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Behavioral Ecology and Sociobiology

, Volume 68, Issue 1, pp 145–161 | Cite as

A test of multiple hypotheses for the function of call sharing in female budgerigars, Melopsittacus undulatus

  • Christine R. DahlinEmail author
  • Anna M. Young
  • Breanne Cordier
  • Roger Mundry
  • Timothy F. Wright
Original Paper

Abstract

In many social species group, members share acoustically similar calls. Functional hypotheses have been proposed for call sharing, but previous studies have been limited by an inability to distinguish among these hypotheses. We examined the function of vocal sharing in female budgerigars with a two-part experimental design that allowed us to distinguish between two functional hypotheses. The social association hypothesis proposes that shared calls help animals mediate affiliative and aggressive interactions, while the password hypothesis proposes that shared calls allow animals to distinguish group identity and exclude nonmembers. We also tested the labeling hypothesis, a mechanistic explanation which proposes that shared calls are used to address specific individuals within the sender–receiver relationship. We tested the social association hypothesis by creating four–member flocks of unfamiliar female budgerigars (Melopsittacus undulatus) and then monitoring the birds’ calls, social behaviors, and stress levels via fecal glucocorticoid metabolites. We tested the password hypothesis by moving immigrants into established social groups. To test the labeling hypothesis, we conducted additional recording sessions in which individuals were paired with different group members. The social association hypothesis was supported by the development of multiple shared call types in each cage and a correlation between the number of shared call types and the number of aggressive interactions between pairs of birds. We also found support for calls serving as a labeling mechanism using discriminant function analysis with a permutation procedure. Our results did not support the password hypothesis, as there was no difference in stress or directed behaviors between immigrant and control birds.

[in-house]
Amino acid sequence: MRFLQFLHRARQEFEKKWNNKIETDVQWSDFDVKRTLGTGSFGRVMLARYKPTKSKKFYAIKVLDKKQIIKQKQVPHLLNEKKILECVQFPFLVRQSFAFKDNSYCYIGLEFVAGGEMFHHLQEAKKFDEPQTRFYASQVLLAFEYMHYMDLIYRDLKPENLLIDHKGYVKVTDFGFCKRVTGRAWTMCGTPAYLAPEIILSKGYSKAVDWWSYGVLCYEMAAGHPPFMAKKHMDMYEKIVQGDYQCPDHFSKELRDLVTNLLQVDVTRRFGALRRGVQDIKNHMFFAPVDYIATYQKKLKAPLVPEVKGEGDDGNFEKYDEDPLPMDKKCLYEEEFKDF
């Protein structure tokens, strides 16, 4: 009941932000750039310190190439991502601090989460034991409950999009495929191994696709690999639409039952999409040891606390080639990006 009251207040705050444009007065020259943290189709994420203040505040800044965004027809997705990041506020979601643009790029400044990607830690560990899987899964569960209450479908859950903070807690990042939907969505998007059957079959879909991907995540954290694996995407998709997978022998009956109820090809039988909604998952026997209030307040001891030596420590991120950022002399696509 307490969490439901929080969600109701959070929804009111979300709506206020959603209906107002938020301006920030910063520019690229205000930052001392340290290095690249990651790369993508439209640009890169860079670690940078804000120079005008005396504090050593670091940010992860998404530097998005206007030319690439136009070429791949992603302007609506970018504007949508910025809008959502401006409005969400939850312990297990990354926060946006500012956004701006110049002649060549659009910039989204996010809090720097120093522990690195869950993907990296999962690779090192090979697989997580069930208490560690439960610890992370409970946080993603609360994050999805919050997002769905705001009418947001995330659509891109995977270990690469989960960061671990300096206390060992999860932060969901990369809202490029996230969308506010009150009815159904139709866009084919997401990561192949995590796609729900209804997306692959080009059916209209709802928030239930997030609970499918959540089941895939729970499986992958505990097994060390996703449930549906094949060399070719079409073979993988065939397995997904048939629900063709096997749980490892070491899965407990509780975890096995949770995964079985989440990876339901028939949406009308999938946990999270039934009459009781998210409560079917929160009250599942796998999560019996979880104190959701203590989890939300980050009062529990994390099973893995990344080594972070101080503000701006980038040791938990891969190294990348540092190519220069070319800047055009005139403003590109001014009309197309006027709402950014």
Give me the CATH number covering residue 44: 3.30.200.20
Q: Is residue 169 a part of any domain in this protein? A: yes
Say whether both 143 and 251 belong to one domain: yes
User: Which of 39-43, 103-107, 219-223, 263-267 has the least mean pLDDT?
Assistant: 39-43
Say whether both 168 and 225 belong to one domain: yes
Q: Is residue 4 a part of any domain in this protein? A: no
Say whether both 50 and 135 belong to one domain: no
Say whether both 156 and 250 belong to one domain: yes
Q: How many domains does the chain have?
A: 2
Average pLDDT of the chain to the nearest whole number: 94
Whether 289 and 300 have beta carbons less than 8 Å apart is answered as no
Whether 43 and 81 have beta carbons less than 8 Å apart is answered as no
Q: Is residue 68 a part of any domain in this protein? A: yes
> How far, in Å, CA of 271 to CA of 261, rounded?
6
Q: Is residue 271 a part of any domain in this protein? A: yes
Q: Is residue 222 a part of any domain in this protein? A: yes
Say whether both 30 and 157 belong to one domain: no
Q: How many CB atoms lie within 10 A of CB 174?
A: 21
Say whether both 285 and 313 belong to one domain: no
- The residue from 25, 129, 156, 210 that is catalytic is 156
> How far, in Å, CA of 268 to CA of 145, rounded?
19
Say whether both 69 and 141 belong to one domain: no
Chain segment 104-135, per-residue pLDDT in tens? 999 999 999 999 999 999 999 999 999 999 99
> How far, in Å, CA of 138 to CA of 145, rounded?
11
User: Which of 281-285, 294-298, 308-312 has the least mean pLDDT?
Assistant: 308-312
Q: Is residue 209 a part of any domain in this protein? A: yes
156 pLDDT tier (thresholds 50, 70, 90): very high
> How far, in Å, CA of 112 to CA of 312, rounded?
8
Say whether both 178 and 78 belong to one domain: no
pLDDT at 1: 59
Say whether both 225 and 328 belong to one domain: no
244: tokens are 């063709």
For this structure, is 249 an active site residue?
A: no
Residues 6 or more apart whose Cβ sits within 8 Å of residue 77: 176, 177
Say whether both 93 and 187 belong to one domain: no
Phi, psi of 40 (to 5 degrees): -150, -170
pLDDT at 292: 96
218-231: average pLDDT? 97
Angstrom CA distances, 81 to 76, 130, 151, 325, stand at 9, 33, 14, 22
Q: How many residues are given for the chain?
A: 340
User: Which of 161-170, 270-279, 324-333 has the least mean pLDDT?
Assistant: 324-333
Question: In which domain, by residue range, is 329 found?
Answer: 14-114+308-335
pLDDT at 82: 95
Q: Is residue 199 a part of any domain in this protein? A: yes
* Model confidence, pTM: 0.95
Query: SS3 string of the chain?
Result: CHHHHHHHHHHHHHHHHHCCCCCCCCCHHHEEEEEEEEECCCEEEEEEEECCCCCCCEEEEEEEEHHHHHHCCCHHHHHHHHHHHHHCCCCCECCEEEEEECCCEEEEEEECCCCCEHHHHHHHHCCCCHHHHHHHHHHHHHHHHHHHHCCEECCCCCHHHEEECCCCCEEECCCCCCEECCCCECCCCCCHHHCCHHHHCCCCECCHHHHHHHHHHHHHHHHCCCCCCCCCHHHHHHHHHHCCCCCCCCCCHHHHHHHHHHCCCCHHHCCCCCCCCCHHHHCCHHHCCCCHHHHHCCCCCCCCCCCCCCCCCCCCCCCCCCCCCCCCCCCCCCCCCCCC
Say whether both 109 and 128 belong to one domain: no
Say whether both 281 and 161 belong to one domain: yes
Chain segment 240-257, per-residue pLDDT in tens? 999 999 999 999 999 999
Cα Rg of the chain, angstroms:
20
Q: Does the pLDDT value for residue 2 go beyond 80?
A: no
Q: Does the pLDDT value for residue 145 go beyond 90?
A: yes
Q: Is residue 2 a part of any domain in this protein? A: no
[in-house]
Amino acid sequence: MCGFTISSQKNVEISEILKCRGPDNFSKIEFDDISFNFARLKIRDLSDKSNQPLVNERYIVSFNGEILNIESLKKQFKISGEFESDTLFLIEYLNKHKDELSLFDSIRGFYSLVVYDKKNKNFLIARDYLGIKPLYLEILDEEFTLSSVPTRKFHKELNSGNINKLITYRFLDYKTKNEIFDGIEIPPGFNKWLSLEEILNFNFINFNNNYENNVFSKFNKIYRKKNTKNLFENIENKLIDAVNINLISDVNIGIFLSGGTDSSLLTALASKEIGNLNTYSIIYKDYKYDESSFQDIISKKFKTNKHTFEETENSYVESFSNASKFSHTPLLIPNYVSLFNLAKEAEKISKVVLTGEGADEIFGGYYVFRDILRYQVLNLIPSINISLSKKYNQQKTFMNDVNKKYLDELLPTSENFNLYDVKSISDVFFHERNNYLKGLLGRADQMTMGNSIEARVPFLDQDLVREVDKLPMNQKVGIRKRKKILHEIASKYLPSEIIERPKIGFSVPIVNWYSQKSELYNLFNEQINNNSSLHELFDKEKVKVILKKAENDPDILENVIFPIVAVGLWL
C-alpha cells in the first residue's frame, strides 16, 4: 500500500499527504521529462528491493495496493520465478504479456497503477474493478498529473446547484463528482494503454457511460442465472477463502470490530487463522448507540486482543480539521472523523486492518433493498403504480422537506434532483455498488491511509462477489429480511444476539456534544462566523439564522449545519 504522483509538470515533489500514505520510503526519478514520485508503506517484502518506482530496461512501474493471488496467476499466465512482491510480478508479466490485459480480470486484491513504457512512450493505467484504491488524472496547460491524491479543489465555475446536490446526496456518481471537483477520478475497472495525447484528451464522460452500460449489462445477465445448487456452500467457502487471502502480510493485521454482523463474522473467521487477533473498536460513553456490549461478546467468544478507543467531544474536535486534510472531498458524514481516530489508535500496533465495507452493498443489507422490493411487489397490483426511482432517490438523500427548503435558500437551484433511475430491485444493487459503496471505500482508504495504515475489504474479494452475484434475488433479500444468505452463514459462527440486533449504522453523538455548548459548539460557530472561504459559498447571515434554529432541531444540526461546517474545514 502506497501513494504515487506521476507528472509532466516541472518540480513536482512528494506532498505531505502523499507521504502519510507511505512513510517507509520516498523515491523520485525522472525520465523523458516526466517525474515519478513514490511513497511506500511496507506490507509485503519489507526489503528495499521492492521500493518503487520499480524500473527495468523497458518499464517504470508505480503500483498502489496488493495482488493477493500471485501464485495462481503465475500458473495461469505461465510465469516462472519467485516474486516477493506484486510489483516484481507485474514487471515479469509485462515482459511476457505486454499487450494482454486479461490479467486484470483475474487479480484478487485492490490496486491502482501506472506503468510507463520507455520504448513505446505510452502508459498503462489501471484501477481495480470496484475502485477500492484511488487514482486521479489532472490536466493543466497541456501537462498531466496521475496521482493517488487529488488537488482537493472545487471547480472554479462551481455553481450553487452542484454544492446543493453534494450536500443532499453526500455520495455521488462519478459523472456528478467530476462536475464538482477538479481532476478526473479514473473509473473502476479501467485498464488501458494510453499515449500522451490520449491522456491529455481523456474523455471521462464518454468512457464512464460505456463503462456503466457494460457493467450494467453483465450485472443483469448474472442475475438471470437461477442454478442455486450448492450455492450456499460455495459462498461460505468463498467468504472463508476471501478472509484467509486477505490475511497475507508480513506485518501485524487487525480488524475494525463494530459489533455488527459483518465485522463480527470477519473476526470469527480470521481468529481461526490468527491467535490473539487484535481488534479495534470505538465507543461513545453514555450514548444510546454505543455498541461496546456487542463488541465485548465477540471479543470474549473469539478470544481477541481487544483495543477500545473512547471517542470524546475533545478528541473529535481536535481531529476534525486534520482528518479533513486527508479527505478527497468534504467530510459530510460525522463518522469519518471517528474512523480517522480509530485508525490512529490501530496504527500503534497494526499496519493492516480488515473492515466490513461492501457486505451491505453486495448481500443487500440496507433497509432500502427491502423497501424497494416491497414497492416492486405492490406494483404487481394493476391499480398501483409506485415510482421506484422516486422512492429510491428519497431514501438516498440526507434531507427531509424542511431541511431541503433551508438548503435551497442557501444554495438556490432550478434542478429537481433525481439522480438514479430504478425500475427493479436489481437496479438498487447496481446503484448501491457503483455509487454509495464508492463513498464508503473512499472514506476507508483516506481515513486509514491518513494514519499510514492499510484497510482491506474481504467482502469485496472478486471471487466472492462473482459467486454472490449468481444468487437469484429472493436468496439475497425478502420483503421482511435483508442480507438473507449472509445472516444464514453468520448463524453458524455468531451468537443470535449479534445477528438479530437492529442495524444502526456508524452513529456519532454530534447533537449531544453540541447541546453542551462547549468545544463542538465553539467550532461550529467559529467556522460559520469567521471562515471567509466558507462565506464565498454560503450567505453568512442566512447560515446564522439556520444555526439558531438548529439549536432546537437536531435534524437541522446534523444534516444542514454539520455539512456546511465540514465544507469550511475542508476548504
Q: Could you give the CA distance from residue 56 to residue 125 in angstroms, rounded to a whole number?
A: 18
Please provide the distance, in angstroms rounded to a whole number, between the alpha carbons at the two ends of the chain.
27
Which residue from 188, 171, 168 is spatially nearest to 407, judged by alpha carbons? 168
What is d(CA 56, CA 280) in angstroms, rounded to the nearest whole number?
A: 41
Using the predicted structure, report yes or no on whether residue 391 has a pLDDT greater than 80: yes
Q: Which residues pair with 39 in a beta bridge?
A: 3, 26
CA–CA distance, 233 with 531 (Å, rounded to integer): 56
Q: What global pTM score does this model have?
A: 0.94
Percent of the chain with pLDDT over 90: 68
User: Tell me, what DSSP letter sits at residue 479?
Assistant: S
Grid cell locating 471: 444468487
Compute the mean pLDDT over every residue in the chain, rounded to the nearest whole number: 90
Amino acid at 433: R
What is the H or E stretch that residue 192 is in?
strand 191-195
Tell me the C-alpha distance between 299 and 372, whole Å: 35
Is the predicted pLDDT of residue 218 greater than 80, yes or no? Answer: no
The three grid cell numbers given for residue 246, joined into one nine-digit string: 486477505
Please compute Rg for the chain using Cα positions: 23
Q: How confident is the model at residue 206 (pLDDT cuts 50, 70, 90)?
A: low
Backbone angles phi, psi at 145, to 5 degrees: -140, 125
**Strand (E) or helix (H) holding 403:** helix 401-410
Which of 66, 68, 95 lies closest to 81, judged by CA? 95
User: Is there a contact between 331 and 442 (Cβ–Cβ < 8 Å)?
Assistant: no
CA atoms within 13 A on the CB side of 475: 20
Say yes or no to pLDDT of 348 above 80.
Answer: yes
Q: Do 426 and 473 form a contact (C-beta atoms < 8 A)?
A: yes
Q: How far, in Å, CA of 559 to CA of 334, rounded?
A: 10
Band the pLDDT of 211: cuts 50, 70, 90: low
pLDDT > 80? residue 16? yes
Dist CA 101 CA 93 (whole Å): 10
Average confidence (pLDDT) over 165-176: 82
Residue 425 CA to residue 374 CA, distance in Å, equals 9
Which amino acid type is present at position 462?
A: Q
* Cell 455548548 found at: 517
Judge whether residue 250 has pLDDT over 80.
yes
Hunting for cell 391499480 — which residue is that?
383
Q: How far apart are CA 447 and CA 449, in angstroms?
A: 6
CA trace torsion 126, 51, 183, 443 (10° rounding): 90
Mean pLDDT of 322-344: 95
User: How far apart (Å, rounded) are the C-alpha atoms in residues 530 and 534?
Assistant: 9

Keywords

Budgerigar Parrot Communication Label Melopsittacus undulatus Vocal label Vocal signature 

Notes

Acknowledgments

We thank Dr. Dennis Hallford and Chelsea Felker for conducting the FGM RIA. We gratefully acknowledge the assistance of Jim Ha who wrote the Palm Pilot program. We thank Anna Berglund and Josh Criswell for assistance with recording the budgerigars and fecal processing. We thank Alfredo Montoya and the staff of the New Mexico State University Animal Care Facility for maintaining our population of budgerigars and providing laboratory space. We also thank Shannon Pease and Daniel Acosta for assistance with genetic sexing. Additional thanks go to Chelsea Blake and Amy Dundorf for assistance with randomized call sorting. We also thank two anonymous reviewers and Dr. Henrik Brumm for insightful comments that improved the quality of the manuscript. Funding was provided to T.W. by NICHD grant SC1HD068128 and a New Mexico State University Arts and Sciences mini-grant.

Ethical Standards

Our experiments comply with the current laws of the USA and were approved by the New Mexico State University IACUC (protocol number 2010–001).

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Copyright information

© Springer-Verlag Berlin Heidelberg 2013

Authors and Affiliations

  • Christine R. Dahlin
    • 1
    Email author
  • Anna M. Young
    • 2
  • Breanne Cordier
    • 3
  • Roger Mundry
    • 4
  • Timothy F. Wright
    • 3
  1. 1.Department of BiologyUniversity of Pittsburgh at JohnstownJohnstownUSA
  2. 2.Department of Biology and Earth ScienceOtterbein UniversityWestervilleUSA
  3. 3.Department of Biology, MSC 3AFNew Mexico State UniversityLas CrucesUSA
  4. 4.Max Planck Institute for Evolutionary AnthropologyLeipzigGermany

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